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Author Topic: NASA puts first Curiosity Rover scientific papers behind a paywall?  (Read 1352 times)

40hz

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This is an interesting one. NASA has published the first 5 papers on it's Curiosity Mars Rover. But they did it through Science Magazine - which promptly locked them behind their paywall - and demanded $20 for a one-day pass to read them.

Fortunately, biologist Michael Eisen of UC Berkeley is a little more up on copyright rules and relevant laws for US Government projects than either NASA or Science Magazine apparently are. Michael 'liberated' and put all 5 article PDFs up on his blog site for download along with a rather pointed essay discussing why NASA should know better (from both a legal and a public relations perspective) than to try something like that.

Quote
NASA paywalls first papers arising from Curiosity rover, I am setting them free
By Michael Eisen | Published: September 26, 2013


The Mars Curiosity rover has been a huge boon for NASA – tapping into the public’s fascination with space exploration and the search for life on other planets. Its landing was watched live by millions of people, and interest in the photos and videos it is collecting is so great, that NASA has had to relocate its servers to deal with the capacity.

So what does NASA do to reward this outpouring of public interest (not to mention to $2.5 billion taxpayer dollars that made it possible)? They publish the first papers to arise from the project behind a Science magazine’s paywall...<more>


Apparently NASA got the message. Because the JPL has since re-published the same articles and made them freely available from their own website - where they should have been released to begin with.

Mike's blog post is really interesting and informative. There's several points he made that may be handy to remember if you're ever in a position where some government agency is attempting to freeze you out of reports and information you already paid them to produce with your tax dollars.

Read it here.

(With thanks to Boing Boing for spotting this!) :Thmbsup:


TaoPhoenix

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Re: NASA puts first Curiosity Rover scientific papers behind a paywall?
« Reply #1 on: September 30, 2013, 05:56:00 PM »
I have the page loaded to read in more detail in a min, but it's nice to see someone slowly passing along the news that the copyright games are NOT okay. And this might be a useful top level strategy - first push back on the clear slam dunks, to get people to notice that abuses are happening, then later you can fight for the murkier cases that are getting stonewalled for some reason.


Renegade

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Re: NASA puts first Curiosity Rover scientific papers behind a paywall?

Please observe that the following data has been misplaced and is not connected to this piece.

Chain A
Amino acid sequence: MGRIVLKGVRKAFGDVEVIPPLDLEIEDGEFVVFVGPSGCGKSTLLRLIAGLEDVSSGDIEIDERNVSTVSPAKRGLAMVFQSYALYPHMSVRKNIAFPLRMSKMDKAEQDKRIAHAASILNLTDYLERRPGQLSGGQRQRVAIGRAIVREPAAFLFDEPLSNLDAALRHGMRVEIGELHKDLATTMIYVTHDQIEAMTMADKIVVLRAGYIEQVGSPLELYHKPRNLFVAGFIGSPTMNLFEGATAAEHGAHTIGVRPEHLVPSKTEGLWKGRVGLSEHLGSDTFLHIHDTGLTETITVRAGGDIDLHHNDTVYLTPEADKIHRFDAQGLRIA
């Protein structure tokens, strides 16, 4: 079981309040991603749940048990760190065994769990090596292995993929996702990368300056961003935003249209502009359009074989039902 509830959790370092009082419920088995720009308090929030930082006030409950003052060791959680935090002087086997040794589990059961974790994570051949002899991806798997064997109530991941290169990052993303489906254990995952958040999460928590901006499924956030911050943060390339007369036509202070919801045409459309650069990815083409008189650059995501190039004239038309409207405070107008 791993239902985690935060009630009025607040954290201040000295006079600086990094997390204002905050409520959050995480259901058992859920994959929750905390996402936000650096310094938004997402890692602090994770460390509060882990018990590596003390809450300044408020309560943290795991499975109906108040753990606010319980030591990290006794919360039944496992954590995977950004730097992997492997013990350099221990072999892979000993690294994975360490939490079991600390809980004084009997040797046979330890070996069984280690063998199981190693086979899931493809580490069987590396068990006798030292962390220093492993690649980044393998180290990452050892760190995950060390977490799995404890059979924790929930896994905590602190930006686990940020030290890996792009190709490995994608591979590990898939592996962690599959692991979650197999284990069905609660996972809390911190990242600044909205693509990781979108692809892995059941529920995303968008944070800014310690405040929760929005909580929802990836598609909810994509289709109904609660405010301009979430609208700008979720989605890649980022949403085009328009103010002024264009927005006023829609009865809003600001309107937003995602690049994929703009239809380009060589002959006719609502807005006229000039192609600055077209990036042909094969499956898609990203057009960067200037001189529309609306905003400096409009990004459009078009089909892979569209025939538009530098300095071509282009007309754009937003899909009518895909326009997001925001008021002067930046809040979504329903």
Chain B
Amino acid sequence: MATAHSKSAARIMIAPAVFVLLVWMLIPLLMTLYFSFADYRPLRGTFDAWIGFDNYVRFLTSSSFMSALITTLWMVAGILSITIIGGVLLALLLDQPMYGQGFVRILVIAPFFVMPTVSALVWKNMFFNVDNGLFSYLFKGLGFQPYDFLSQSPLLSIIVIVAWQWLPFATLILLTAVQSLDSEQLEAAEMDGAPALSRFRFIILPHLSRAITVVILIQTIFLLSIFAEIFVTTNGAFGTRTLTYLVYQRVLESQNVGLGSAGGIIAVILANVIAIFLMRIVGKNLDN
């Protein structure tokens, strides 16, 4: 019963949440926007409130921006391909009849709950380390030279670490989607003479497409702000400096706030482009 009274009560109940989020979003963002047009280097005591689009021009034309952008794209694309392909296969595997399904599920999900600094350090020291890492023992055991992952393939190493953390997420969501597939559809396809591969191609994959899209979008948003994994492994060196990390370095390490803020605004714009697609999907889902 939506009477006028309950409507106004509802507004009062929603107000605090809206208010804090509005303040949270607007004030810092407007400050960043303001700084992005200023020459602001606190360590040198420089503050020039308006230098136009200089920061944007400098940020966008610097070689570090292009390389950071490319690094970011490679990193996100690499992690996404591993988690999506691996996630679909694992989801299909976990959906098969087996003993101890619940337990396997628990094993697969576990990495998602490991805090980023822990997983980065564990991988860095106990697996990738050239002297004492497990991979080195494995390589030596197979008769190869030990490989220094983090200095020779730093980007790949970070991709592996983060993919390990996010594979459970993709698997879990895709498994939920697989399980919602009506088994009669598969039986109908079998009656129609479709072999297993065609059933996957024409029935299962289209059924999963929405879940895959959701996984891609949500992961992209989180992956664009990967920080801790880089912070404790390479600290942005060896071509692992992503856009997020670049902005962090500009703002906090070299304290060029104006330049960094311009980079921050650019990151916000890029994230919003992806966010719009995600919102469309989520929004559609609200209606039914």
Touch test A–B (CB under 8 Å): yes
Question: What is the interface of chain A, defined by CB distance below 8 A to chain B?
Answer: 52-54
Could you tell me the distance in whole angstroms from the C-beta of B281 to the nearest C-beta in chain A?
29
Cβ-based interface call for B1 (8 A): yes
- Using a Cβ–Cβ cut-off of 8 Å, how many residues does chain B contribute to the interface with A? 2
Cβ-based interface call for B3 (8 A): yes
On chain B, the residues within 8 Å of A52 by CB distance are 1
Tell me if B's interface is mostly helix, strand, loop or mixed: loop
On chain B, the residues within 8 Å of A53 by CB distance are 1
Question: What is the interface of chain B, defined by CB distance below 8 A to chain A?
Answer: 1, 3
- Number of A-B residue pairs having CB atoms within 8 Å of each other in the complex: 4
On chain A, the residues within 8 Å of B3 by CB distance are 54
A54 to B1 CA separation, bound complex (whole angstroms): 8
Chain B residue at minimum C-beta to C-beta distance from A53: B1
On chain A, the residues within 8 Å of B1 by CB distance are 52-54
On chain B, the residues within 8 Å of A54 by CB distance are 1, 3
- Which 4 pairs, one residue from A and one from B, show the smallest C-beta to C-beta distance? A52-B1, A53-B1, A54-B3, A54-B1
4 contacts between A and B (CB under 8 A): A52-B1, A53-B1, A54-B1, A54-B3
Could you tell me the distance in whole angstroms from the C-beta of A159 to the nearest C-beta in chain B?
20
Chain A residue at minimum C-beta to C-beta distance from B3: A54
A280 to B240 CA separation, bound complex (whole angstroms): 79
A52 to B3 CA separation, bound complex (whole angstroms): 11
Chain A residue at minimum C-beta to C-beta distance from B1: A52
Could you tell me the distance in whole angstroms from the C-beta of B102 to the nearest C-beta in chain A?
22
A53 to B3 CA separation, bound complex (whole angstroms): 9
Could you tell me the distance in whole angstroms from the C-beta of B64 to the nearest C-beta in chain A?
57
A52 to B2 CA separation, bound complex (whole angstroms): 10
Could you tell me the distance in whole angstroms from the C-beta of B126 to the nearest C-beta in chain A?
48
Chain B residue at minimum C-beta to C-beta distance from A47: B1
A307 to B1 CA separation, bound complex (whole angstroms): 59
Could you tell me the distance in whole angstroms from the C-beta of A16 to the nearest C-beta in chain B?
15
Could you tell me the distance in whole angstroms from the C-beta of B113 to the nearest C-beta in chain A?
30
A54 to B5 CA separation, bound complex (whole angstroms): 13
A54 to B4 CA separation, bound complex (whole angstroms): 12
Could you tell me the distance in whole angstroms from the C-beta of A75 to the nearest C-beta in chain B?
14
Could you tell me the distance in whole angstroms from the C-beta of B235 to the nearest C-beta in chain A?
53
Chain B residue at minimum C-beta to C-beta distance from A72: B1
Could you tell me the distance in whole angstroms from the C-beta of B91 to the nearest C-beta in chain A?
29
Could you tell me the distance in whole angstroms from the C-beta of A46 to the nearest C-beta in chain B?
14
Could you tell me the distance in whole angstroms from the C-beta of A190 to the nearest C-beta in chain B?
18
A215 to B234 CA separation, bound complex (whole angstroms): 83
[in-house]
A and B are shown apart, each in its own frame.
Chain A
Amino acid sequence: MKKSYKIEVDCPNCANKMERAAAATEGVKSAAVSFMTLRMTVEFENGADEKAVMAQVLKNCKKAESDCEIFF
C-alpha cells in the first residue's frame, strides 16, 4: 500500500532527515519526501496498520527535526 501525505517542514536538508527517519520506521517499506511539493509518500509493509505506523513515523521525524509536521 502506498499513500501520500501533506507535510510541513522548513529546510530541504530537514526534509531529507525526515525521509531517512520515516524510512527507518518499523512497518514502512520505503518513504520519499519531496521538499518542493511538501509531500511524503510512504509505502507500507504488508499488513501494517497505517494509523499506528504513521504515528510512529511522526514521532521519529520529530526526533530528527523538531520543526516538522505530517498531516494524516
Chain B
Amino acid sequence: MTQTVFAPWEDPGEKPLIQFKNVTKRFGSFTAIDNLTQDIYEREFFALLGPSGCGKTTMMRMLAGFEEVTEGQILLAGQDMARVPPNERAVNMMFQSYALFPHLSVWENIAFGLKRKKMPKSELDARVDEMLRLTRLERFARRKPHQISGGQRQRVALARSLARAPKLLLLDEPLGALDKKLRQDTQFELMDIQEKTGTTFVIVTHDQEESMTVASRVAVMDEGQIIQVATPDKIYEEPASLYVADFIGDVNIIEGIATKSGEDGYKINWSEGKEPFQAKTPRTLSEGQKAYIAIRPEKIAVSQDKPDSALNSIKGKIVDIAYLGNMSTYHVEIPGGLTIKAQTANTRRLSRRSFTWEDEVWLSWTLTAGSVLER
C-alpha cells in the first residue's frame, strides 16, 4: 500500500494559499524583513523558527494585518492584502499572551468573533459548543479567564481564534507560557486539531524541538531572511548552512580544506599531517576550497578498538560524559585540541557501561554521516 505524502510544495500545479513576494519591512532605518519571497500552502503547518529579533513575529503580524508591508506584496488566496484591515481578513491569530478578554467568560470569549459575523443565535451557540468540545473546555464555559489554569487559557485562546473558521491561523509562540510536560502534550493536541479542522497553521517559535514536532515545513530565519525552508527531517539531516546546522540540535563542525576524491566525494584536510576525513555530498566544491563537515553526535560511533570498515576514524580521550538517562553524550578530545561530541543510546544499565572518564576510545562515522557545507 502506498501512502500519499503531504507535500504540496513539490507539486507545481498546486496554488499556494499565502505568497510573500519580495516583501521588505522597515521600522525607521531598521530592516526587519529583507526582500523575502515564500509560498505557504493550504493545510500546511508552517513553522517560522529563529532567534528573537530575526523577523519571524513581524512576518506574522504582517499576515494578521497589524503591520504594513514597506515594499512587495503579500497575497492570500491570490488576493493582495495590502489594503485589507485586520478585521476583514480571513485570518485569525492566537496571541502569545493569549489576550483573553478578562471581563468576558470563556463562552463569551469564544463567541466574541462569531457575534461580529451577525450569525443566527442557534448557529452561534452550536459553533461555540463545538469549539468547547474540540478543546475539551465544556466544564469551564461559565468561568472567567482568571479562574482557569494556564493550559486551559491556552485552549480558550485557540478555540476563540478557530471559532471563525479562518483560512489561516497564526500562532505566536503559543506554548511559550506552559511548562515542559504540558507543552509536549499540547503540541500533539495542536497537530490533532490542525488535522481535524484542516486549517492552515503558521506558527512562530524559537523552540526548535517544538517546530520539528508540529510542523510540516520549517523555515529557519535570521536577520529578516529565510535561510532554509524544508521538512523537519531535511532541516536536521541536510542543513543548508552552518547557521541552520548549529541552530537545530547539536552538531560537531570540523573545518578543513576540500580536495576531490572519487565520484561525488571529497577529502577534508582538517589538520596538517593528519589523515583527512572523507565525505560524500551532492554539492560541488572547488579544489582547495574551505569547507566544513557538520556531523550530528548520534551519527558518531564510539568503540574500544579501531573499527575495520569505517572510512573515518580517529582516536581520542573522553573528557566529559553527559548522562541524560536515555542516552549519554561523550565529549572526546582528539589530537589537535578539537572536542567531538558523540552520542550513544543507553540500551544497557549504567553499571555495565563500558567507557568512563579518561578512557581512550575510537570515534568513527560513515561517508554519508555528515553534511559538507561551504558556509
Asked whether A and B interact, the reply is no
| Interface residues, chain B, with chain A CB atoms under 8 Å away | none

« Reply #2 on: September 30, 2013, 06:04:27 PM »
Quote
The only ambiguity in the case of these Curiosity papers is that not all of the authors are US Government employees, and thus the work is, I am told “co-owned” by the authors. I’m not sure what effect this has on the ability of Science magazine to assert copyright in the work, since, at best, they are doing so at the behest of only a subset of the authors. The law makes it clear that its intent is to direct the US government authors to place the work in the public domain, and that any agreement they enter into to restrict access to the work is invalid. This is why I view the practice of taking works authored (and funded) by the US government and placing them behind paywalls to be illegitimate.

Perhaps the contracted authors claim copyright in the vowels?

D__ch_b_gg_ry. Would you like to buy a vowel? :P
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wraith808

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Re: NASA puts first Curiosity Rover scientific papers behind a paywall?
« Reply #3 on: September 30, 2013, 06:21:51 PM »
D__ch_b_gg_ry. Would you like to buy a vowel?

You have a way with words, Ren. :P

Renegade

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Re: NASA puts first Curiosity Rover scientific papers behind a paywall?
« Reply #4 on: September 30, 2013, 06:41:08 PM »
D__ch_b_gg_ry. Would you like to buy a vowel?

You have a way with words, Ren. :P

Wh_, th_nk y__! 8)
Slow Down Music - Where I commit thought crimes...

Freedom is the right to be wrong, not the right to do wrong. - John Diefenbaker

ewemoa

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Re: NASA puts first Curiosity Rover scientific papers behind a paywall?
« Reply #5 on: September 30, 2013, 08:17:24 PM »
Long live arXiv?

IainB

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Re: NASA puts first Curiosity Rover scientific papers behind a paywall?
« Reply #6 on: October 02, 2013, 06:46:54 PM »
I think this kind of pay-walling stinks. It shows a complete lack of ethics and professional scientific integrity and it goes hand-in-hand with the equally odious practice of deliberate restriction of access - by blocking FOI access, or locking-up and in some cases deletion - of/to data/information used in dubious scientific/academic research which has been partly/wholly funded by the public purse. This seems to be invariably attributable to a desperate need to avoid critical and open review leading to the very real risk that the research can be falsifiable - e.g., (QED) Climategate, S-E Anglia CRU research FOIA and the now apparently discredited hockey-stick chart from Mann (Penn.U.).

These all seem to be reflections of the same thing: a complete lack of ethics and professional scientific integrity.
« Last Edit: October 02, 2013, 07:40:21 PM by IainB, Reason: corrected FOIA. »